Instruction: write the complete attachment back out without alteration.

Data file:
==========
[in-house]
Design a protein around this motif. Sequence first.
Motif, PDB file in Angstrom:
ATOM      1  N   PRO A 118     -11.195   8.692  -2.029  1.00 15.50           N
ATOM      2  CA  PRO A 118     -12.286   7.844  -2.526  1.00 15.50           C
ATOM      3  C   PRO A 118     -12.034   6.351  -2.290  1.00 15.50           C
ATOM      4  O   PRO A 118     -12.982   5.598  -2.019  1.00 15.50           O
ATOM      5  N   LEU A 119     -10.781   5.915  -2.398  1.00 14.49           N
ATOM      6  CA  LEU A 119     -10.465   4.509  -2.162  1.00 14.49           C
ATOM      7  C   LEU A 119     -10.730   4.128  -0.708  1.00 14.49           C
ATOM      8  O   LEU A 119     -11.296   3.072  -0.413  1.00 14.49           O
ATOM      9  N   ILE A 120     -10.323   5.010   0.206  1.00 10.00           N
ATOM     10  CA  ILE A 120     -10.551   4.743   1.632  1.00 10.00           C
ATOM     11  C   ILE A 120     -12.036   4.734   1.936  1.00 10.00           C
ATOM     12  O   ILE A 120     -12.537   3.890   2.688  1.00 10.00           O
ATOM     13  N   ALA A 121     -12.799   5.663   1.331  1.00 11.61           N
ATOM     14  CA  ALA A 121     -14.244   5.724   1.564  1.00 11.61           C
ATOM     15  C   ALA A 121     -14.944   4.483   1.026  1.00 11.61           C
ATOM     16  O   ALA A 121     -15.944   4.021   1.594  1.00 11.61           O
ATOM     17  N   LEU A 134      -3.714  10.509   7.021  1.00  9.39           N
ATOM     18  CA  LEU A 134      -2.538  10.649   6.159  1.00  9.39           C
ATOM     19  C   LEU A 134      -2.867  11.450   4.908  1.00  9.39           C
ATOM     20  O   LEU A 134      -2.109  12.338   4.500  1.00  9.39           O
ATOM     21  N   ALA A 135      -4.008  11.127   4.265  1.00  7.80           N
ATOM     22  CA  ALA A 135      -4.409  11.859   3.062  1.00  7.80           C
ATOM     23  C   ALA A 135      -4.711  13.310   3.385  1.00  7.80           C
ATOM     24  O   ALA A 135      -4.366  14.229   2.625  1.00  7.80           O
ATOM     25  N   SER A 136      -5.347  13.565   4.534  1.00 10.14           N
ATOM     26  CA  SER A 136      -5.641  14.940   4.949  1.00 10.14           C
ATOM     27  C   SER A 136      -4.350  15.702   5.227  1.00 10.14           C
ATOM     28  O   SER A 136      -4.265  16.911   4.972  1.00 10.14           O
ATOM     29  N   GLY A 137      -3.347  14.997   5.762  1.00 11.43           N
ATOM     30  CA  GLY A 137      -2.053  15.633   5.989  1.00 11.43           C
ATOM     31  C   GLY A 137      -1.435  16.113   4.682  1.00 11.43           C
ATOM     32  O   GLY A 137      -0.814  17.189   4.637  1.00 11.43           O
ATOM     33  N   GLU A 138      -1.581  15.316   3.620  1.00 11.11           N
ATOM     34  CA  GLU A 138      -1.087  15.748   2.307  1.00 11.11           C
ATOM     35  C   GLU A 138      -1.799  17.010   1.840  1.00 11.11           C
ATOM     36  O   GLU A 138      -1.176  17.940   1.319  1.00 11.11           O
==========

[in-house]
Design a protein around this motif. Sequence first.
Motif, PDB file in Angstrom:
ATOM      1  N   PRO A 118     -11.195   8.692  -2.029  1.00 15.50           N
ATOM      2  CA  PRO A 118     -12.286   7.844  -2.526  1.00 15.50           C
ATOM      3  C   PRO A 118     -12.034   6.351  -2.290  1.00 15.50           C
ATOM      4  O   PRO A 118     -12.982   5.598  -2.019  1.00 15.50           O
ATOM      5  N   LEU A 119     -10.781   5.915  -2.398  1.00 14.49           N
ATOM      6  CA  LEU A 119     -10.465   4.509  -2.162  1.00 14.49           C
ATOM      7  C   LEU A 119     -10.730   4.128  -0.708  1.00 14.49           C
ATOM      8  O   LEU A 119     -11.296   3.072  -0.413  1.00 14.49           O
ATOM      9  N   ILE A 120     -10.323   5.010   0.206  1.00 10.00           N
ATOM     10  CA  ILE A 120     -10.551   4.743   1.632  1.00 10.00           C
ATOM     11  C   ILE A 120     -12.036   4.734   1.936  1.00 10.00           C
ATOM     12  O   ILE A 120     -12.537   3.890   2.688  1.00 10.00           O
ATOM     13  N   ALA A 121     -12.799   5.663   1.331  1.00 11.61           N
ATOM     14  CA  ALA A 121     -14.244   5.724   1.564  1.00 11.61           C
ATOM     15  C   ALA A 121     -14.944   4.483   1.026  1.00 11.61           C
ATOM     16  O   ALA A 121     -15.944   4.021   1.594  1.00 11.61           O
ATOM     17  N   LEU A 134      -3.714  10.509   7.021  1.00  9.39           N
ATOM     18  CA  LEU A 134      -2.538  10.649   6.159  1.00  9.39           C
ATOM     19  C   LEU A 134      -2.867  11.450   4.908  1.00  9.39           C
ATOM     20  O   LEU A 134      -2.109  12.338   4.500  1.00  9.39           O
ATOM     21  N   ALA A 135      -4.008  11.127   4.265  1.00  7.80           N
ATOM     22  CA  ALA A 135      -4.409  11.859   3.062  1.00  7.80           C
ATOM     23  C   ALA A 135      -4.711  13.310   3.385  1.00  7.80           C
ATOM     24  O   ALA A 135      -4.366  14.229   2.625  1.00  7.80           O
ATOM     25  N   SER A 136      -5.347  13.565   4.534  1.00 10.14           N
ATOM     26  CA  SER A 136      -5.641  14.940   4.949  1.00 10.14           C
ATOM     27  C   SER A 136      -4.350  15.702   5.227  1.00 10.14           C
ATOM     28  O   SER A 136      -4.265  16.911   4.972  1.00 10.14           O
ATOM     29  N   GLY A 137      -3.347  14.997   5.762  1.00 11.43           N
ATOM     30  CA  GLY A 137      -2.053  15.633   5.989  1.00 11.43           C
ATOM     31  C   GLY A 137      -1.435  16.113   4.682  1.00 11.43           C
ATOM     32  O   GLY A 137      -0.814  17.189   4.637  1.00 11.43           O
ATOM     33  N   GLU A 138      -1.581  15.316   3.620  1.00 11.11           N
ATOM     34  CA  GLU A 138      -1.087  15.748   2.307  1.00 11.11           C
ATOM     35  C   GLU A 138      -1.799  17.010   1.840  1.00 11.11           C
ATOM     36  O   GLU A 138      -1.176  17.940   1.319  1.00 11.11           O